solving the traffic problems of Cambridge, UK

Many of these ideas are now being developed by the Smarter Cambridge Transport group, led by the author of this post.

options to reject

bus lanes/ways

the Cambridgeshire Local Transport Plan and first phase of the City Deal transport initiatives contain some excellent, eminently worthwhile schemes, but the main solution that councils are proposing for solving Cambridge’s congestion woes is to build bus priority lanes or busways. the hope, based more on intuition than evidence, is that this will persuade more people to leave their cars at home and take the bus, or use park-and-ride. however:

  • the cost is huge (£60m estimated for Madingley and Milton Roads);
  • new bus lanes increase road capacity as far as the city outskirts; since we cannot increase vehicle capacity of central Cambridge streets, the additional traffic (even if only buses) will exacerbate congestion in the centre;
  • in most cases there is only space to provide a single bus lane, so buses only benefit during one (typically morning) peak period; (tidal lane allocation is theoretically possible, but not practical or safe on space-constrained urban roads with junctions, e.g. because bus stops have to be built on both sides of the lane, and the lane has to be physically segregated to prevent other vehicles straying into the path of a bus approaching from an unexpected direction);
  • every arterial (and orbital) road is heavily congested, so increasing capacity on just those that have space for a bus lane will not solve the problem city-wide;
  • much green space would be lost in widening roads;
  • the space required for a single bus lane could provide two, high quality, 2.5m cycle lanes at lower cost, which would benefit more people at all times of day;
  • there would be no improvement to air and noise pollution, even if the buses run on electricity or hydrogen (because there will still be the same volume of cars, vans and lorries on the roads).

congestion charging

congestion charging is attractive to councils because it would create a new source of revenue; and it would work: the charge just needs to be set high enough. but it has two unpalatable side effects:

  • entering the city becomes a rich man/woman’s privilege;
  • businesses that require vans (for deliveries, or providing building, installation, maintenance or repair services) become subject to a significant new tax, inhibiting growth and competition. would a plumber drive into the city to quote for a small job if s/he has to pay a congestion charge?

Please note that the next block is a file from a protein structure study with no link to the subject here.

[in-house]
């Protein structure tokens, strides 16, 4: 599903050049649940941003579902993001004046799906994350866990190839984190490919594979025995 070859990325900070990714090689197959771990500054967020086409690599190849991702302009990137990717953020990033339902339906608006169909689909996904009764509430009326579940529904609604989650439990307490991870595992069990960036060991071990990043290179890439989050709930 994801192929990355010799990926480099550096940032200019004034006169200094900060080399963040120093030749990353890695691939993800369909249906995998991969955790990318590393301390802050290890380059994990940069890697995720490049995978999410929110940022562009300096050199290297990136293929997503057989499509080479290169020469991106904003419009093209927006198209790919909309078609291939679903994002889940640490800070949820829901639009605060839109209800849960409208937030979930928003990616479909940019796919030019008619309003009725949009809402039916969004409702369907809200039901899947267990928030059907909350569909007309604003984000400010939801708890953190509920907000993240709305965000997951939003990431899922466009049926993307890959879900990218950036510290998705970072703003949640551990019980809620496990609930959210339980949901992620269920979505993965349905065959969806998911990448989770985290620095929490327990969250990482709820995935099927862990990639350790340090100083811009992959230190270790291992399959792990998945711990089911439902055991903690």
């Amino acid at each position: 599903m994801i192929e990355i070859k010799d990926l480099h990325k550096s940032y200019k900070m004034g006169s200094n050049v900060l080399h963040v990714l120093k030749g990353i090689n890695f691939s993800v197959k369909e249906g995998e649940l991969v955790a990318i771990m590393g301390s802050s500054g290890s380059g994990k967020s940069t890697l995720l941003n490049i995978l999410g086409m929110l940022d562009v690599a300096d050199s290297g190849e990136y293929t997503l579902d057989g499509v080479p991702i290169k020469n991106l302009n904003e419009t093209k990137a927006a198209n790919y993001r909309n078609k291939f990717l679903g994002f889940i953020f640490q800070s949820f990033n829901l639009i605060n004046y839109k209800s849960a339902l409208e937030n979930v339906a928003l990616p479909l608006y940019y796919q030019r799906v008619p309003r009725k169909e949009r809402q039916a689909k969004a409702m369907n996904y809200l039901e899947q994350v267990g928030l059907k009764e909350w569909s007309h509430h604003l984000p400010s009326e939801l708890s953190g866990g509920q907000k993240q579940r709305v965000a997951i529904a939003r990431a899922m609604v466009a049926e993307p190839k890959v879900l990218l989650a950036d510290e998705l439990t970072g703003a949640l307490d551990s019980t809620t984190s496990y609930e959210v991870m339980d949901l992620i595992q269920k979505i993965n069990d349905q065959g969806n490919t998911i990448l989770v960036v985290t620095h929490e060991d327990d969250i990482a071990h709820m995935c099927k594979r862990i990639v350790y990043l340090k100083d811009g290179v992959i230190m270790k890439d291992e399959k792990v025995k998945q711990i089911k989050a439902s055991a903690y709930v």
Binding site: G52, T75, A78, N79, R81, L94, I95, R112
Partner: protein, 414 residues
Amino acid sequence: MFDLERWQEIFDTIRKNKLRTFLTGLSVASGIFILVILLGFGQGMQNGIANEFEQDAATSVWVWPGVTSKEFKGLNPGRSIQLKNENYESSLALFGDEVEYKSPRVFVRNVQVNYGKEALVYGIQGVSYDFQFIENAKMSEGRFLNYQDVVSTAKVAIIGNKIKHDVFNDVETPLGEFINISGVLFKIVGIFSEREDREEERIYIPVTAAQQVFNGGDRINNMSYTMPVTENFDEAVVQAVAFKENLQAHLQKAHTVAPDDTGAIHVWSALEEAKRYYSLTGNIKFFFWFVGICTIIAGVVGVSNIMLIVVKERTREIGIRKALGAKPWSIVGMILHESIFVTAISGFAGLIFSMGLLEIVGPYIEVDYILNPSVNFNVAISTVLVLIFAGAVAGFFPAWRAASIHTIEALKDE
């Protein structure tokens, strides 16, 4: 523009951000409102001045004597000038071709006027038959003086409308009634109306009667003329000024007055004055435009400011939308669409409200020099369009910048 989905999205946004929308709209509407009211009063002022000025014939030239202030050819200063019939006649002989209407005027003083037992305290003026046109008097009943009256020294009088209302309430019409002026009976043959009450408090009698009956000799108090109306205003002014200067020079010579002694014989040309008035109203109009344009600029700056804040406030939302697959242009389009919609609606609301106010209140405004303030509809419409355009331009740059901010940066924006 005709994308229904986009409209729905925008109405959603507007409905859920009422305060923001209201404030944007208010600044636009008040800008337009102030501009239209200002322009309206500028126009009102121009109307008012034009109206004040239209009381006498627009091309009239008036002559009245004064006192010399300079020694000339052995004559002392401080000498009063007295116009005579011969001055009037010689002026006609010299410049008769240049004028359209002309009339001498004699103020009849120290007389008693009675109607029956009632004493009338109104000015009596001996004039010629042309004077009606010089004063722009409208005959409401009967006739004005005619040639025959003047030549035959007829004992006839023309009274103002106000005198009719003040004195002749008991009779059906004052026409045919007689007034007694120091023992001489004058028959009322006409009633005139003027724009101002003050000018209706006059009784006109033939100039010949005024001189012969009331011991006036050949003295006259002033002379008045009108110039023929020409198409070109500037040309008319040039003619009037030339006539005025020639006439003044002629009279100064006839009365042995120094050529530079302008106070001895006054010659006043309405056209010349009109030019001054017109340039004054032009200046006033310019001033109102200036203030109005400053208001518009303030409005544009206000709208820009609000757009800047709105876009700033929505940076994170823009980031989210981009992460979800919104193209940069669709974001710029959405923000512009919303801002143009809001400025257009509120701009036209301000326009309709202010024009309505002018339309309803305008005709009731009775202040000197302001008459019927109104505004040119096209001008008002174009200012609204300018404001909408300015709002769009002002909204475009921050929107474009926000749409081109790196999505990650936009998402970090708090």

• administration and enforcement is costly, requiring a high charge simply to break even.


a logical solution to congestion above ground is to create additional capacity for transport underground. however, tunneling is hugely expensive, at around £30m per kilometre, added to which is the cost and disruption of building underground stations in a city centre. this level of investment can be justified for a large city where daily ridership is in the high tens of thousands (the Tyne and Wear Metro carries around 100,000 people a day); but in a city the size of Cambridge, the investment cost per passenger-journey would be unjustifiably large.

a new vision for Cambridge

we need a shift in mindset about cars entering city centres: that they are for people with impaired mobility and for transporting goods and equipment. except where it is impractical (and not just less convenient), workers, school children, shoppers and visitors should be walking, cycling, or using public transport to access the city centre. and it’s not only because of congestion that we should be reducing the volume of traffic and parking in city streets: it’s to make them enjoyable and safe spaces for residents and visitors.

this can be achieved – and permanently – by implementing the following measures:

  • use ‘gating’ to shift congestion to outside the city: this means buses and other traffic flows freely within the city, and drivers approaching the city can make an informed decision about using park-and-ride rather than ‘chancing it’.
  • build more park-and-ride sites to minimise the distance people must drive to reach one.
  • provide more bus services.
  • reduce car parking provision in the city centre, releasing space for cycle parking, planting and other uses.
  • create convenient, continuous, connected and safe foot- and cyclepaths wherever possible in the city and out to all surrounding villages.
  • use IT to make public transport more user friendly.
  • support the creation of a city wide shopping delivery service.

the proposals here are very much work in progress: all comments and suggestions welcome!

build new city ‘gates’

the first step in curing Cambridge’s congestion problems permanently is to ‘gate’ all of the arterial roads into the city. the technique is a form of integrated traffic management and is used to good effect in Zurich. it is also known as ‘queue relocation’: congestion in the city centre is shifted to out-of-city sites where it is easier to build additional road capacity.